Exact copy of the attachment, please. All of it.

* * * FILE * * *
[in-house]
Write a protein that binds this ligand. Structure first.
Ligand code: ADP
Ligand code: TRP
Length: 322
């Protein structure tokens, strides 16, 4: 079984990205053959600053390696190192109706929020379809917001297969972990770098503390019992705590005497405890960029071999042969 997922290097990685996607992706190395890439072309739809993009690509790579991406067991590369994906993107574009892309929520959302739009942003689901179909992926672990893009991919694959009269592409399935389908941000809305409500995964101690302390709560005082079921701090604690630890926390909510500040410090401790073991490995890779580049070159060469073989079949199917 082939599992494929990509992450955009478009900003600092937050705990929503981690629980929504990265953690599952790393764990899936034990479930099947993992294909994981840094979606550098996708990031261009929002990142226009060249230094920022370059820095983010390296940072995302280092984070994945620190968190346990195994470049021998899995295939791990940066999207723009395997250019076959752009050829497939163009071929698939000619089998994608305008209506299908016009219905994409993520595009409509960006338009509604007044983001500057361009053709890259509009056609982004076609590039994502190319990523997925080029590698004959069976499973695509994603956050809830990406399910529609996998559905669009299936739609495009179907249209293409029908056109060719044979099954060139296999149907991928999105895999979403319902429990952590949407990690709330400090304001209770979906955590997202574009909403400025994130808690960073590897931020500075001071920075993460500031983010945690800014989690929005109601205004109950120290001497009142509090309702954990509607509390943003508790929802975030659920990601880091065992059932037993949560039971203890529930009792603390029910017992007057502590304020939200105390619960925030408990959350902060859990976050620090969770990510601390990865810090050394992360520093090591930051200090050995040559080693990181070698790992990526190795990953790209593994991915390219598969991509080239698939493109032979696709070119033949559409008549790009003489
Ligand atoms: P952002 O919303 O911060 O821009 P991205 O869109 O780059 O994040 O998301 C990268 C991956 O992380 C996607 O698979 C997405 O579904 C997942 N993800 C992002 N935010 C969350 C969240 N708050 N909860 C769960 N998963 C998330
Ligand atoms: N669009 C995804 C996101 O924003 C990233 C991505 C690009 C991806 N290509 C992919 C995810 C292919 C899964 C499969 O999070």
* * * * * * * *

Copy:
[in-house]
Write a protein that binds this ligand. Structure first.
Ligand code: ADP
Ligand code: TRP
Length: 322
């Protein structure tokens, strides 16, 4: 079984990205053959600053390696190192109706929020379809917001297969972990770098503390019992705590005497405890960029071999042969 997922290097990685996607992706190395890439072309739809993009690509790579991406067991590369994906993107574009892309929520959302739009942003689901179909992926672990893009991919694959009269592409399935389908941000809305409500995964101690302390709560005082079921701090604690630890926390909510500040410090401790073991490995890779580049070159060469073989079949199917 082939599992494929990509992450955009478009900003600092937050705990929503981690629980929504990265953690599952790393764990899936034990479930099947993992294909994981840094979606550098996708990031261009929002990142226009060249230094920022370059820095983010390296940072995302280092984070994945620190968190346990195994470049021998899995295939791990940066999207723009395997250019076959752009050829497939163009071929698939000619089998994608305008209506299908016009219905994409993520595009409509960006338009509604007044983001500057361009053709890259509009056609982004076609590039994502190319990523997925080029590698004959069976499973695509994603956050809830990406399910529609996998559905669009299936739609495009179907249209293409029908056109060719044979099954060139296999149907991928999105895999979403319902429990952590949407990690709330400090304001209770979906955590997202574009909403400025994130808690960073590897931020500075001071920075993460500031983010945690800014989690929005109601205004109950120290001497009142509090309702954990509607509390943003508790929802975030659920990601880091065992059932037993949560039971203890529930009792603390029910017992007057502590304020939200105390619960925030408990959350902060859990976050620090969770990510601390990865810090050394992360520093090591930051200090050995040559080693990181070698790992990526190795990953790209593994991915390219598969991509080239698939493109032979696709070119033949559409008549790009003489
Ligand atoms: P952002 O919303 O911060 O821009 P991205 O869109 O780059 O994040 O998301 C990268 C991956 O992380 C996607 O698979 C997405 O579904 C997942 N993800 C992002 N935010 C969350 C969240 N708050 N909860 C769960 N998963 C998330
Ligand atoms: N669009 C995804 C996101 O924003 C990233 C991505 C690009 C991806 N290509 C992919 C995810 C292919 C899964 C499969 O999070």